The Conexus telemetry protocol utilized within this ecosystem does not implement encryption. An attacker with adjacent short-range access to a target product can listen to communications, including the transmission of sensitive data.
- CRITICAL INFRASTRUCTURE SECTORS: Healthcare and Public Health
- COUNTRIES/AREAS DEPLOYED: Worldwide
- COMPANY HEADQUARTERS LOCATION: Ireland
Peter Morgan of Clever Security; Dave Singelée and Bart Preneel of KU Leuven; Eduard Marin formerly of KU Leuven, currently with University of Birmingham; Flavio D. Garcia; Tom Chothia of the University of Birmingham; and Rik Willems of University Hospital Gasthuisberg Leuven reported these vulnerabilities to NCCIC.
Medtronic has applied additional controls for monitoring and responding to improper use of the Conexus telemetry protocol by the affected implanted cardiac devices. Additional mitigations are being developed and will be deployed through future updates, assuming regulatory approval.
Medtronic recommends that users take additional defensive measures to minimize the risk of exploitation of these vulnerabilities. Specifically, users should:
- Maintain good physical control over home monitors and programmers.
- Use only home monitors, programmers, and implantable devices obtained directly from your healthcare provider or a Medtronic representative to ensure integrity of the system.
- Do not connect unapproved devices to home monitors and programmers through USB ports or other physical connections.
- Only use programmers to connect and interact with implanted devices in physically controlled hospital and clinical environments.
- Only use home monitors in private environments such as a home, apartment, or otherwise physically controlled environment.
- Report any concerning behavior regarding these products to your healthcare provider or a Medtronic representative.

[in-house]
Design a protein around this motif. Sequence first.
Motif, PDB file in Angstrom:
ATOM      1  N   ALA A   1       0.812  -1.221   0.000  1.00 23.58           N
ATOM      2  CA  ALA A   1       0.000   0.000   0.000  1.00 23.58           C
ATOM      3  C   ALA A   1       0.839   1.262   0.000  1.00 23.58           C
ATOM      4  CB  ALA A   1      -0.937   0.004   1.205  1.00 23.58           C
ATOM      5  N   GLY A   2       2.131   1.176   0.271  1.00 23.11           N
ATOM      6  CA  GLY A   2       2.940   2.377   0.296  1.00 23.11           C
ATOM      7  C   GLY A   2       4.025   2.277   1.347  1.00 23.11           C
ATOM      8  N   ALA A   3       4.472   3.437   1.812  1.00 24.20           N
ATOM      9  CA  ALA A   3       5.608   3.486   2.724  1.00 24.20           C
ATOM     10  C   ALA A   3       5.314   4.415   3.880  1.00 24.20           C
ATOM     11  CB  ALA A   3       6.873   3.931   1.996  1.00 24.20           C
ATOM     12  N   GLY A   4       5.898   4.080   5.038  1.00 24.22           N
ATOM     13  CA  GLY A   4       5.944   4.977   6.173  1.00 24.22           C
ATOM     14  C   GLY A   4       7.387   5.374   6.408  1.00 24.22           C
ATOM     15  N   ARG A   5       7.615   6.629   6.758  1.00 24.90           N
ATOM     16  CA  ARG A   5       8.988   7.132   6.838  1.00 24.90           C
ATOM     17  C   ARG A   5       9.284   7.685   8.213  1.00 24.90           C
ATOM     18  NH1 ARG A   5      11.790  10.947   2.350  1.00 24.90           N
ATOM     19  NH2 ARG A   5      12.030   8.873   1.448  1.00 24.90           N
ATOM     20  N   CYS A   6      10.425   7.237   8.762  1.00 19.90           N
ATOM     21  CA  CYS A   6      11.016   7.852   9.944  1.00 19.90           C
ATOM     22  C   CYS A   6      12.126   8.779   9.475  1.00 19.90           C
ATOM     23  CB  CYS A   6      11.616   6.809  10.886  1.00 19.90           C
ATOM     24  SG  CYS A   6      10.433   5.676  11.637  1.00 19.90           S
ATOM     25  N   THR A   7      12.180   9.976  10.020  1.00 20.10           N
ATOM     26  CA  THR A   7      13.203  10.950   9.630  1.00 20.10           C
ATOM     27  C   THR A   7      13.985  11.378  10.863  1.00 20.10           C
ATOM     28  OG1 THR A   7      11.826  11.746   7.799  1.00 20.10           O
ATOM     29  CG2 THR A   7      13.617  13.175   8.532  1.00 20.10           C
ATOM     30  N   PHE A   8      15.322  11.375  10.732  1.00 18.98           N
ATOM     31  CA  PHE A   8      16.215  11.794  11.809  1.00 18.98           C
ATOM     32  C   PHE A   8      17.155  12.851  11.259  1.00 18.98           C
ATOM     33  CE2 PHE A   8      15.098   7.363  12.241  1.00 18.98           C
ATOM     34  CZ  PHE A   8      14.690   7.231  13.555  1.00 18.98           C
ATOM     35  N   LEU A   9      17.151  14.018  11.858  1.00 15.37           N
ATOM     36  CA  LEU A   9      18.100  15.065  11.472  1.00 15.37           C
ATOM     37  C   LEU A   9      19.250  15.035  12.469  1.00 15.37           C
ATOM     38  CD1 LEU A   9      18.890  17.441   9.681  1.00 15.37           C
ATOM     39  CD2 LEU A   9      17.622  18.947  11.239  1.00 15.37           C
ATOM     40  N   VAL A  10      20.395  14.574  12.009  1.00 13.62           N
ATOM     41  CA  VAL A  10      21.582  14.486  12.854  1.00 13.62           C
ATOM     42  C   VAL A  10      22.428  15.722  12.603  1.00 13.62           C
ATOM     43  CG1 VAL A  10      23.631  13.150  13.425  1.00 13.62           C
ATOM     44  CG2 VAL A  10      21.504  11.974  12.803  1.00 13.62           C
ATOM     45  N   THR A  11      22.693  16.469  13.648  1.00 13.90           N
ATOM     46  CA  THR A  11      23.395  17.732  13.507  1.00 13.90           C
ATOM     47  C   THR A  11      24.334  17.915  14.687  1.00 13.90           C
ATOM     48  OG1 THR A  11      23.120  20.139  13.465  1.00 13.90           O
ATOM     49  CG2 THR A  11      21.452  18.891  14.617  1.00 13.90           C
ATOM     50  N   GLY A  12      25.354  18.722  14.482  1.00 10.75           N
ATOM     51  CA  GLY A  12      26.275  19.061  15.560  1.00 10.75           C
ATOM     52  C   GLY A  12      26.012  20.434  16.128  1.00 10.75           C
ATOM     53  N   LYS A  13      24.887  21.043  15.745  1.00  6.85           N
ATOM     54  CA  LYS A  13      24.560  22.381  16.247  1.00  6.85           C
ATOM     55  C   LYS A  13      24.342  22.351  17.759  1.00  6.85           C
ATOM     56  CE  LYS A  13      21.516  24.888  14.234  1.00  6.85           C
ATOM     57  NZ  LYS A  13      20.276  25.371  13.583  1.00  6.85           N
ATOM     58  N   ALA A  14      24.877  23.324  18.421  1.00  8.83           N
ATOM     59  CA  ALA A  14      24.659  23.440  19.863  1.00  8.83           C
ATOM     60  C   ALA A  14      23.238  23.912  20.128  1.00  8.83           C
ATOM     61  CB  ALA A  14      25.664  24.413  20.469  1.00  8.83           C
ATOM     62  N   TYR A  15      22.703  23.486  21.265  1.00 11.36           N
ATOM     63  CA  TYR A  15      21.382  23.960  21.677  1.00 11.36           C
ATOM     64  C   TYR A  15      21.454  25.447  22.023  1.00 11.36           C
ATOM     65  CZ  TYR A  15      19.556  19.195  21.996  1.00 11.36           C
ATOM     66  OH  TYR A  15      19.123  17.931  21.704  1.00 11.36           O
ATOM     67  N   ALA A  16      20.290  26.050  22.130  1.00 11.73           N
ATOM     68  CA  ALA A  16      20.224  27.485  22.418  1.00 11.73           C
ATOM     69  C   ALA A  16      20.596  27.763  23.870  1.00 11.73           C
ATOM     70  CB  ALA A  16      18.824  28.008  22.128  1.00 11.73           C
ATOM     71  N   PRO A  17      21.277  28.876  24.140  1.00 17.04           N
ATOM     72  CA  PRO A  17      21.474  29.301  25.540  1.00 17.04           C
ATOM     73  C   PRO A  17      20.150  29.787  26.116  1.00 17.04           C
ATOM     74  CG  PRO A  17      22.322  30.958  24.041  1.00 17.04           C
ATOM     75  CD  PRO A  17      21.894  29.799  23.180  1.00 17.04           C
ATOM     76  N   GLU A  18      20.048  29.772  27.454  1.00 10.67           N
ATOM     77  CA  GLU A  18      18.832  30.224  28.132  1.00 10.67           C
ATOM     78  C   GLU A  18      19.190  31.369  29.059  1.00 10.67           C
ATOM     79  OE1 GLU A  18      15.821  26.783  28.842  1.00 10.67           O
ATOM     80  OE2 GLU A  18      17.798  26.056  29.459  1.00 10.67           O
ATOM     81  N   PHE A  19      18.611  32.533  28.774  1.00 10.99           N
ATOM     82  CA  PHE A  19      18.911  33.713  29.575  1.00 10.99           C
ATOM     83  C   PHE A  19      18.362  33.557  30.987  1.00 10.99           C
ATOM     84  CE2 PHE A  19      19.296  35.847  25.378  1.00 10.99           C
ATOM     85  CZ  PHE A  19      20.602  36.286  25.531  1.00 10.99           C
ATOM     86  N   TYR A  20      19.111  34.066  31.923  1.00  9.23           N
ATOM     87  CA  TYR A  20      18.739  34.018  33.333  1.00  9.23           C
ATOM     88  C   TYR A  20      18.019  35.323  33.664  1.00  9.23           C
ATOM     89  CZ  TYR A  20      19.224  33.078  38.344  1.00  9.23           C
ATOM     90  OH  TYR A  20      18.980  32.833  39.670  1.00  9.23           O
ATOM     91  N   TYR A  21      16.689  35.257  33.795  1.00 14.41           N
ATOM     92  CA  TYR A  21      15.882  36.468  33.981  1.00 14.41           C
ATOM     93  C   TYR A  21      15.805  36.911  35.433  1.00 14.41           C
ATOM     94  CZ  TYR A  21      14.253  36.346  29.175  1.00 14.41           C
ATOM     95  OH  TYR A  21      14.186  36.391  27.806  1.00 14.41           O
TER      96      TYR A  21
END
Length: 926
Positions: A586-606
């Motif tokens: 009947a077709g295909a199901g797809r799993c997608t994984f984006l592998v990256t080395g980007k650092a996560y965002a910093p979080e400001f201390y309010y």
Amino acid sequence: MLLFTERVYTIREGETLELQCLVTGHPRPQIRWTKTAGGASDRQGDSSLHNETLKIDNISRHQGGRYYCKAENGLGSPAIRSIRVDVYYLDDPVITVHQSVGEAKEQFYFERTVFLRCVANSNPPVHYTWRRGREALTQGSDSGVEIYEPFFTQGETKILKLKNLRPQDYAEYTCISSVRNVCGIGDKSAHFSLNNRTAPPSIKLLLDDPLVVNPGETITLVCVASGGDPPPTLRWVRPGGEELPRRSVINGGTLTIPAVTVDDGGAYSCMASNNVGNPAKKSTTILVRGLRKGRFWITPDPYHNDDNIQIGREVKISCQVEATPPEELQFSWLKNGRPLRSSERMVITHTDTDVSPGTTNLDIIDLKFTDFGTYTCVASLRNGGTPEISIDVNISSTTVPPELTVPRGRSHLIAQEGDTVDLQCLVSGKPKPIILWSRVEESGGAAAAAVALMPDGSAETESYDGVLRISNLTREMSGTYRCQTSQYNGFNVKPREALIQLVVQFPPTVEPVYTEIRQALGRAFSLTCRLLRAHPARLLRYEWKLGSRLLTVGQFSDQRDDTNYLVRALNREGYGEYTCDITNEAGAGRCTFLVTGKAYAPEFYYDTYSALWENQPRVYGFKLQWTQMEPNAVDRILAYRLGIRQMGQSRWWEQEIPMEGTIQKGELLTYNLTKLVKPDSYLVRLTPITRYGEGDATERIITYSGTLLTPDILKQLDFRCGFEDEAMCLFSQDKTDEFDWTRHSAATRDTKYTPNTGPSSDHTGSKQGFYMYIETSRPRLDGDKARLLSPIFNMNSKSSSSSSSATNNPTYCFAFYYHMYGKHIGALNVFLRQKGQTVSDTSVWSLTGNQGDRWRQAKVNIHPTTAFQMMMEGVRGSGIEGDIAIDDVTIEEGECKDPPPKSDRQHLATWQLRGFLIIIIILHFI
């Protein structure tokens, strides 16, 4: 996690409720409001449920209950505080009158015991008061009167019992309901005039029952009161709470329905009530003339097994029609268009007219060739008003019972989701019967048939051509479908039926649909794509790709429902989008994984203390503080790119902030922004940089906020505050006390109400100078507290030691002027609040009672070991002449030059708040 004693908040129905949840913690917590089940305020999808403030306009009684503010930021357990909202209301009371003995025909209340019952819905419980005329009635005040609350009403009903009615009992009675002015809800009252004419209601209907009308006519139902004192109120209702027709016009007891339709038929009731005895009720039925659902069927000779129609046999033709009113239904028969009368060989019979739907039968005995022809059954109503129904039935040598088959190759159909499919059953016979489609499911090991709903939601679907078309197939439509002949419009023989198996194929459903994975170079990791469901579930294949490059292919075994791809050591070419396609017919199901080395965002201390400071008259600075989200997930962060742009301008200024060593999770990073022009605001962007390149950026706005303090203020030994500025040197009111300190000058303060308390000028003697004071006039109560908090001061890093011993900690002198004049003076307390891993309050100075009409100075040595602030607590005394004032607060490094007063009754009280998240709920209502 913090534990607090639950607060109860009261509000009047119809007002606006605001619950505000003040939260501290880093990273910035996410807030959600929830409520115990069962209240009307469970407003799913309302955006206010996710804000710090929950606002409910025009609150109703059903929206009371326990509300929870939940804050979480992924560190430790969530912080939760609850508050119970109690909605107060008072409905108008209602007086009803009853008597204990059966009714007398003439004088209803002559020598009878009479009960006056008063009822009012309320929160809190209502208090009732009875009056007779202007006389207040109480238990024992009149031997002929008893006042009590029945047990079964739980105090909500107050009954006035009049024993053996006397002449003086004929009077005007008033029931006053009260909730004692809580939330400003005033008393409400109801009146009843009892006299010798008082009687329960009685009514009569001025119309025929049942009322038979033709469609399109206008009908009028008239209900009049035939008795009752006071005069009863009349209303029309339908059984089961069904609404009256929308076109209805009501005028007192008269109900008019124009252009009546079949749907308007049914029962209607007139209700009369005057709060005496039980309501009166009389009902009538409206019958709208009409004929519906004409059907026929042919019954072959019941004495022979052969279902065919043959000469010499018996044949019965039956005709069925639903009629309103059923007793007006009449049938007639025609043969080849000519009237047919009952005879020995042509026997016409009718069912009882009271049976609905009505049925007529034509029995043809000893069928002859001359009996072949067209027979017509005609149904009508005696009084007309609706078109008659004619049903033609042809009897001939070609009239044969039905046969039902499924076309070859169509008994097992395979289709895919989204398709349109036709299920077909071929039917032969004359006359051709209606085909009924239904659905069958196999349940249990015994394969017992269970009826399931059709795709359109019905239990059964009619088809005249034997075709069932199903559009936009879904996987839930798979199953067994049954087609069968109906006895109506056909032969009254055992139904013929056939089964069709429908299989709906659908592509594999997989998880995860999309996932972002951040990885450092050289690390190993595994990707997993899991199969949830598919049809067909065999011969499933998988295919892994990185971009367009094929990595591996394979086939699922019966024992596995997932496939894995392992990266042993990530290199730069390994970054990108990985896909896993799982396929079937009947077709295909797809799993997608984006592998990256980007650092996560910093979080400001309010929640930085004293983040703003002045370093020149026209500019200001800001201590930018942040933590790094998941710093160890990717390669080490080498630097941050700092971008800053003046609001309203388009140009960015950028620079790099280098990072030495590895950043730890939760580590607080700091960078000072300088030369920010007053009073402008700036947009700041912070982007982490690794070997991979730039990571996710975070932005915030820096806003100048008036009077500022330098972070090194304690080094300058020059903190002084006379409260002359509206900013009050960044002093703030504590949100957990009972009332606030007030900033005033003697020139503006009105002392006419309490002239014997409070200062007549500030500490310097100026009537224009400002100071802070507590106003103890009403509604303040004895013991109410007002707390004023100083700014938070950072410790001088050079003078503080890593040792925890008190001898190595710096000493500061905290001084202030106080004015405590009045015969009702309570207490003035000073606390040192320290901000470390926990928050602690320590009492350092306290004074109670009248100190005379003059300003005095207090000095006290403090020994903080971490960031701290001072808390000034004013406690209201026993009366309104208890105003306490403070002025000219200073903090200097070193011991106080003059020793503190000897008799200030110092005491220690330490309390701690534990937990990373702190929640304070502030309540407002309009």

Medtronic has released additional patient-focused information at the following location:
NCCIC recommends users take defensive measures to minimize the risk of exploitation of this vulnerability. Specifically, users should:
- Restrict system access to authorized personnel only and follow a least privilege approach.
- Apply defense-in-depth strategies.
- Disable unnecessary accounts and services.
- Where additional information is needed, refer to existing cybersecurity in medical device guidance issued by the FDA that can be found at the following location:
NCCIC reminds organizations to perform proper impact analysis and risk assessment prior to deploying defensive measures.
NCCIC also provides a section for control systems security recommended practices on the ICS-CERT web page. Several recommended practices are available for reading and download, including Improving Industrial Control Systems Cybersecurity with Defense-in-Depth Strategies.
Additional mitigation guidance and recommended practices are publicly available on the ICS-CERT website in the Technical Information Paper, ICS-TIP-12-146-01B–Targeted Cyber Intrusion Detection and Mitigation Strategies.
Organizations observing any suspected malicious activity should follow their established internal procedures and report their findings to NCCIC for tracking and correlation against other incidents.
No known public exploits specifically target these vulnerabilities. These vulnerabilities require adjacent short-range access to the affected devices to be exploited.
For any questions related to this report, please contact the NCCIC at:
Email: [email protected]
Toll Free: 1-888-282-0870